Winter is coming to the eurozone, so be cautious
‘Make no mistake, the existential problems in the eurozone that caused the sovereign debt crisis have not been fixed - far from it’
It is not difficult to be bullish on Europe.
Last Friday, the publication of a purchasing managers’ index (PMI) survey compiled by IHS Markit, a data provider, revealed that in August the eurozone’s manufacturing sector expanded at one of its fastest rates since April 2011 - three months before Europe’s sovereign debt crisis escalated dramatically.
The survey noted that the eurozone has become a key driver of global growth, with “manufacturing output growing at an annual rate of approximately 4 per cent. Producers across the region are benefiting from rising domestic demand as economic recoveries gain momentum, as well as surging export sales.” More encouragingly, foreign demand and employment in the sector are improving in all 19 countries in the bloc - even in Italy, the most politically and economically vulnerable country.
Economic confidence in Europe is at its highest level in a decade while inflation - which has been worryingly subdued over the past several months despite the pick-up in growth - is rising again, with the headline rate increasing to 1.5 per cent in August, the highest reading in four months.
Most importantly, the eurozone is looking more and more stable politically, partly because of the victory of the reform-minded and pro-European Emmanuel Macron in France’s crucial presidential election in May, but also because of Donald Trump’s crisis-ridden presidency and the threat of policy paralysis in Washington.
Yet cracks in Europe’s impressive recovery are starting to show.
The most conspicuous one is the soaring euro which has shot up nearly 12 per cent against the dollar since early April - the single currency is on track for its best year against the greenback since its launch in 1999 - and could even reach parity with the British pound by the end of this year, according to HSBC.
The sharp appreciation of the euro is partly the flip side of the plunge in the dollar. The dollar index - a gauge of the greenback’s performance against a basket of other currencies, with the euro’s weighting amounting to 57 per cent - has fallen sharply mainly because of Trump’s political woes. This has brought about a dramatic shift in global investors’ positioning in foreign exchange markets. While a “long”, or overweight, position in the dollar was one of the most “crowded trades” as recently as April, a long position in the euro has suddenly become one of the popular bets in markets, according to the latest fund manager survey by Bank of America Merrill Lynch.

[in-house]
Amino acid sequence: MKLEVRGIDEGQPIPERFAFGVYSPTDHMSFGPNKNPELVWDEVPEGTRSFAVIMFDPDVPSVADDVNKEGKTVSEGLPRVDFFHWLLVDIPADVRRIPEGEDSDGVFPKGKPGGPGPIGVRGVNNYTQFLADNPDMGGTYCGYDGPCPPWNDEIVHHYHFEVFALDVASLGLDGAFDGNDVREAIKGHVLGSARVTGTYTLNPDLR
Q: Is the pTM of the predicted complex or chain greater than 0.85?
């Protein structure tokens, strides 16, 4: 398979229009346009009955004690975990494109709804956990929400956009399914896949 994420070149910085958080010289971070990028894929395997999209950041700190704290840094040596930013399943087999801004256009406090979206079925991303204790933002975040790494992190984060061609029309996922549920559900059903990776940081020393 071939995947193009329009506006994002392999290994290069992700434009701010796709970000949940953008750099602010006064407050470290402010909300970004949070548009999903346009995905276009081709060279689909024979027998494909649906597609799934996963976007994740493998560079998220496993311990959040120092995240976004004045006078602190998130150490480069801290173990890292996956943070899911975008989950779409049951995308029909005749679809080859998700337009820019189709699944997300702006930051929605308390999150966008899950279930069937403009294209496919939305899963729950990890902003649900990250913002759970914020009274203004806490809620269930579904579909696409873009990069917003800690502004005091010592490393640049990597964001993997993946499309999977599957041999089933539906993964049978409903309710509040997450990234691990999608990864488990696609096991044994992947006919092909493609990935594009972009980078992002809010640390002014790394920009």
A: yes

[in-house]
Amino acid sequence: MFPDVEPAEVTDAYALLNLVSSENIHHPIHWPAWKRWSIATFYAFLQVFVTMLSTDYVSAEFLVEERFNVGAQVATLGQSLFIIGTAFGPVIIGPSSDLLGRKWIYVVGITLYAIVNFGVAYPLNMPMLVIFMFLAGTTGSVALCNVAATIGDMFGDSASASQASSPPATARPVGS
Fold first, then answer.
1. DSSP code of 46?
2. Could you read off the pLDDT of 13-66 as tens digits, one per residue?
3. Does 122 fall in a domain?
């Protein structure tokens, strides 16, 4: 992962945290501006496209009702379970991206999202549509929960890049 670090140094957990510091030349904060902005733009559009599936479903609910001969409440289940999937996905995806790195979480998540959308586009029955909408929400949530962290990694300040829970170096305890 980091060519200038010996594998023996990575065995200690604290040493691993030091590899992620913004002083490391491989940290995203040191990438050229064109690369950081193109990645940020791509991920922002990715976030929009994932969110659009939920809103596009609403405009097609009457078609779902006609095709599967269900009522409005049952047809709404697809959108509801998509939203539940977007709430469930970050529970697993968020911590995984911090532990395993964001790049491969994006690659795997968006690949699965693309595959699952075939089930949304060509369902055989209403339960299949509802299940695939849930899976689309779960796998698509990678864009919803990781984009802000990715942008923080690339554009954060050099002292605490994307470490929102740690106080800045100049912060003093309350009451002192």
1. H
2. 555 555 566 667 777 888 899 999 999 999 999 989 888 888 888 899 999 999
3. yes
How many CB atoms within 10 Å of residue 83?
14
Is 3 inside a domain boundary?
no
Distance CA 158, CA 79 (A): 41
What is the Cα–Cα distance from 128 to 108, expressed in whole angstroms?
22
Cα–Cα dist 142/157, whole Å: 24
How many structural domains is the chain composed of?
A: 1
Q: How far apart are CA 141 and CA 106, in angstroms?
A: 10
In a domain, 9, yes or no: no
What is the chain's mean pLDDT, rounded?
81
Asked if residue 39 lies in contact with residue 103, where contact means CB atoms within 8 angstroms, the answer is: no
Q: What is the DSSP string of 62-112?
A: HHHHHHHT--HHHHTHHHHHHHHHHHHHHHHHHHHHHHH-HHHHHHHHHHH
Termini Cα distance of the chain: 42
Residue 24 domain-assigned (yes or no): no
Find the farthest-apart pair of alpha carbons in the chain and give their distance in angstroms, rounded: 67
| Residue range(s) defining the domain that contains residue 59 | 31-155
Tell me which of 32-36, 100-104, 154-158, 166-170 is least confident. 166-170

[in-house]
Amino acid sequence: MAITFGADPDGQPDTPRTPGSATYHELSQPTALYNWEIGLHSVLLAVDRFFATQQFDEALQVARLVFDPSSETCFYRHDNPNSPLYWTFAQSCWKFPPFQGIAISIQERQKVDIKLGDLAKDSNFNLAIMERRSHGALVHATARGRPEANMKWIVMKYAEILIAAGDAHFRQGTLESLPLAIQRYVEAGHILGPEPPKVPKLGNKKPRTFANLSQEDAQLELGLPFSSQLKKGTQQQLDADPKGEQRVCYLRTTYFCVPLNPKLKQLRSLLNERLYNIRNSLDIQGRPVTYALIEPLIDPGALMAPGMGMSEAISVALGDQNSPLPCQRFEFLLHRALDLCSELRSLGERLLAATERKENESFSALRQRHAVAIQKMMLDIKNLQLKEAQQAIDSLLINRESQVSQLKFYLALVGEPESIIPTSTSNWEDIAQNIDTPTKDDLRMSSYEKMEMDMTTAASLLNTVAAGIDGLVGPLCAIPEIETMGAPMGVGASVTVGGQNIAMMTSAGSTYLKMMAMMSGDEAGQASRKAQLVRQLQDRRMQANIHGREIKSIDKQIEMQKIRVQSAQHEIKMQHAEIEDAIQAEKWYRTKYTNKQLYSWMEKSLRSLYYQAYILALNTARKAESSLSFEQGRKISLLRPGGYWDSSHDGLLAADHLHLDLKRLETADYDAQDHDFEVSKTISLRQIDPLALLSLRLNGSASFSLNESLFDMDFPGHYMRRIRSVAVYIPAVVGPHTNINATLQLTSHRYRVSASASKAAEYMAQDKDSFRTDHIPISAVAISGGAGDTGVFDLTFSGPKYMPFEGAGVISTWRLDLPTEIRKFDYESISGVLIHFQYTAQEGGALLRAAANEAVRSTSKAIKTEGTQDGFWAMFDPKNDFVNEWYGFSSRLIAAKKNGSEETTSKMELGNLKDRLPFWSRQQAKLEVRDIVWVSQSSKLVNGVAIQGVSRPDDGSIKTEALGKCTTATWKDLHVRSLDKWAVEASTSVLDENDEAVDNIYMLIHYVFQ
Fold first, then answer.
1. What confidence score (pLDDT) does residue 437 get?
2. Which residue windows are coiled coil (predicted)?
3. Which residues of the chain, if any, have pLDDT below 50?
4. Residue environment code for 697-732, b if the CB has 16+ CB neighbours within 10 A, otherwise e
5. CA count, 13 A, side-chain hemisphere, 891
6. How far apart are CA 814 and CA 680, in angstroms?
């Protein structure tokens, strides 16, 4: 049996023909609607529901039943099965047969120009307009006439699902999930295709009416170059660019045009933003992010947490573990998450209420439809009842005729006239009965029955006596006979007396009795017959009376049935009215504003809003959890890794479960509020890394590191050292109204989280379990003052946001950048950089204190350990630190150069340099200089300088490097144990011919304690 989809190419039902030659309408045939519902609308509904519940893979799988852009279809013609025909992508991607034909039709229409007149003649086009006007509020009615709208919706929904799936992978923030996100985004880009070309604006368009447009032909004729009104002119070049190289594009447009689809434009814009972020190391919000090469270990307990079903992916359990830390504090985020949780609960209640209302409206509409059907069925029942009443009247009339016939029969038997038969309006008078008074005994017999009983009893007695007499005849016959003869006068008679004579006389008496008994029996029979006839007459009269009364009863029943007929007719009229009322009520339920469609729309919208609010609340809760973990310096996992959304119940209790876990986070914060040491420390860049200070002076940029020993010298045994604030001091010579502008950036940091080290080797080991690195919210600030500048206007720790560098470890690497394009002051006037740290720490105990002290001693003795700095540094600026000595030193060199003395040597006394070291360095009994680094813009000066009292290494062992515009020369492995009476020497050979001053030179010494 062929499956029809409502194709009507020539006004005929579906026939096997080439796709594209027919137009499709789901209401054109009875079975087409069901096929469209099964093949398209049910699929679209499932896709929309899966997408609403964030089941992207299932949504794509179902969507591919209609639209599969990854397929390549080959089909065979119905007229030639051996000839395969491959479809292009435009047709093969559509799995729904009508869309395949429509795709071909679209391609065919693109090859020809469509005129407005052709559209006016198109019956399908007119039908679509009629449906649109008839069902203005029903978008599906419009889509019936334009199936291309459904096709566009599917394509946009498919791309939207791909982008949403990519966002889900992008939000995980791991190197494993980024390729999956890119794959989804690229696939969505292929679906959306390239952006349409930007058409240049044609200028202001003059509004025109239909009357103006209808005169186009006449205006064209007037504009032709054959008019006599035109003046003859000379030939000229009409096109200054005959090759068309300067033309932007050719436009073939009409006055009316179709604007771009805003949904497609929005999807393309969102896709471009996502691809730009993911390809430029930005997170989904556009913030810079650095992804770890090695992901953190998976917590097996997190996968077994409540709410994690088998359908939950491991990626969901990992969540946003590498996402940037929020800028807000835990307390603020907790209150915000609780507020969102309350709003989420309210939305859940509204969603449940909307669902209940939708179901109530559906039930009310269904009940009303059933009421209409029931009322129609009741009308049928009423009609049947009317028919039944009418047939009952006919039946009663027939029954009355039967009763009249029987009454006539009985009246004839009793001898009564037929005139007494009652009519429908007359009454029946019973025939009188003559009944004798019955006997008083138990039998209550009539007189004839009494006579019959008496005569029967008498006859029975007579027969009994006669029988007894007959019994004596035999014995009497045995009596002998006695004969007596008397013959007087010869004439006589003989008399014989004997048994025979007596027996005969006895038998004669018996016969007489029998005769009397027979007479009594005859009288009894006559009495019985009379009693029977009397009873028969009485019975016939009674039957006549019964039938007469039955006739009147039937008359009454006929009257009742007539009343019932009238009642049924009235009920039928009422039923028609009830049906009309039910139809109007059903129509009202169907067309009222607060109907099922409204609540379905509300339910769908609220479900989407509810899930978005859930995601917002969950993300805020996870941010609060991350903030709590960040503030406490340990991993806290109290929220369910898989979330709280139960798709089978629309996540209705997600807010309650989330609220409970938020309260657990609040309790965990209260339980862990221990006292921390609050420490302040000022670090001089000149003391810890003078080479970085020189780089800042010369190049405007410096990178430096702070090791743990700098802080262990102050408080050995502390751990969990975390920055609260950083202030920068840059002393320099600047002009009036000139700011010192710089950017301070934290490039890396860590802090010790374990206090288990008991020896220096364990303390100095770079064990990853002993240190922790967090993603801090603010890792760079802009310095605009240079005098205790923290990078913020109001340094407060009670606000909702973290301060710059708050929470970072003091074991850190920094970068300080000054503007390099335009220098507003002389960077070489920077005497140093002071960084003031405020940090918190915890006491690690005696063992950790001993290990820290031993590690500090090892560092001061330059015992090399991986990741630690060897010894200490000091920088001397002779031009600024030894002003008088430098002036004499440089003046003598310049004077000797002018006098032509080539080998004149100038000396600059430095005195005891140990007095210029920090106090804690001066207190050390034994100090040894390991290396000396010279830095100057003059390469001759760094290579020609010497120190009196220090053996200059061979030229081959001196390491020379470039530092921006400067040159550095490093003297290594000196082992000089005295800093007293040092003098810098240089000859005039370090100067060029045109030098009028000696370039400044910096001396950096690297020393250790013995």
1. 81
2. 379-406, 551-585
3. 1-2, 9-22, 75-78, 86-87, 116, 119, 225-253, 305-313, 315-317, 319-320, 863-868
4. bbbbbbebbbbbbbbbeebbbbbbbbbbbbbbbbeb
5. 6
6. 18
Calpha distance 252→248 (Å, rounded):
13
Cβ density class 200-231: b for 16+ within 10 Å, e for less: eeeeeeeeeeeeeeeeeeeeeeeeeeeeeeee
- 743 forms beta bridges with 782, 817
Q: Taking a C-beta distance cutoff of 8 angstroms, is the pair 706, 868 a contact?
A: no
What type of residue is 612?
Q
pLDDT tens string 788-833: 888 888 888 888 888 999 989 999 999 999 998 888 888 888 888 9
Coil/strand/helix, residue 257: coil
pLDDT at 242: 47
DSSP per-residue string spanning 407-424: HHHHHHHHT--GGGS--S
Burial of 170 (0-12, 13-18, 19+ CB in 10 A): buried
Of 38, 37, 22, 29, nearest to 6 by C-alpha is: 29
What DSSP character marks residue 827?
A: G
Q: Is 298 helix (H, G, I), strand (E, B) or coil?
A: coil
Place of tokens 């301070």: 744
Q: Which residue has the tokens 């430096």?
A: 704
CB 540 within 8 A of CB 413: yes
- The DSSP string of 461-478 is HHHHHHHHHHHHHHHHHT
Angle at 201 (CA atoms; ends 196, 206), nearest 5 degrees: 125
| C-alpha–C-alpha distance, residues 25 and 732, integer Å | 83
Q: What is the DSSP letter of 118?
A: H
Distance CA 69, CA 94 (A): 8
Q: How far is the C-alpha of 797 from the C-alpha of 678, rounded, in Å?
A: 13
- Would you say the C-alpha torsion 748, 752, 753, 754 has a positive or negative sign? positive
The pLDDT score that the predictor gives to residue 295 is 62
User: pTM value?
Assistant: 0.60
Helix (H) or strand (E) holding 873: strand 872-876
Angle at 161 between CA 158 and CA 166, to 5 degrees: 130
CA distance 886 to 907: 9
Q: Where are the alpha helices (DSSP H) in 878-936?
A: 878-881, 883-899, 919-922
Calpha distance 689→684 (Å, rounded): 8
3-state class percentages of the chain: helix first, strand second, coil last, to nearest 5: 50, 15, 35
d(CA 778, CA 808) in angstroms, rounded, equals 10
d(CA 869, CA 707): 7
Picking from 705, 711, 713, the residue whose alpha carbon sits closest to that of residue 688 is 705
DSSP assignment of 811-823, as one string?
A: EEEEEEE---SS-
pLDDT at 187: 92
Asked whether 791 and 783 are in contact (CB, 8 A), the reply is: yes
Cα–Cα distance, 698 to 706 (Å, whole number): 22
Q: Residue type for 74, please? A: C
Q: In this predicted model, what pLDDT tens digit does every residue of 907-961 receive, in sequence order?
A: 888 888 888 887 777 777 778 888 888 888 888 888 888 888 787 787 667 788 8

Yet just as investors belatedly recognised that they were overly bullish on the dollar, they are now starting to fret about the adverse impact of a surging euro on the region’s exports and corporate earnings.
Eurozone stocks have already fallen nearly 6 per cent since late April. Moreover, over the past fortnight, investors have withdrawn nearly US$1.5 billion from European equity funds, according to EPFR Global, a data provider, the heaviest outflows since the rally in European assets began in March.
There are other, more important, reasons why investor caution on Europe is warranted.
The eurozone is not half as stable as the US$30 billion of inflows into European stock funds this year would suggest.
In order for the economic and political governance of Europe’s fragile single currency area to be put on a much firmer footing, there needs to be a “grand bargain” between France and Germany, the motor of European integration. Yet Macron’s popularity is already plummeting - and this is before he takes on France’s combative trade unions to reform the country’s labour market - while there is mounting political opposition in Berlin to further burden-sharing in which the German taxpayer ends up footing the bill for financially vulnerable countries in the bloc, such as Italy.
Make no mistake, the existential problems in the eurozone that caused the sovereign debt crisis have not been fixed - far from it.
Another reason for investors to be cautious is the acute dilemma faced by the European Central Bank, which holds its regular policy meeting on Thursday.
Not only is the strong euro making it even more difficult for Europe’s central bank to hit its 2 per cent inflation target, the withdrawal of monetary stimulus - which is likely to begin in the first-half of next year - will remove the most important source of financial stability in the eurozone since the sovereign debt crisis.
Investors already believe that a policy mistake by the European Central Bank is the biggest “tail risk” in markets, according to the fund manager survey.
The recent deterioration in sentiment towards the eurozone is likely to be a foretaste of things to come. Investors in Europe should buckle up for a much bumpier ride in the coming months.
Nicholas Spiro is a partner at Lauressa Advisory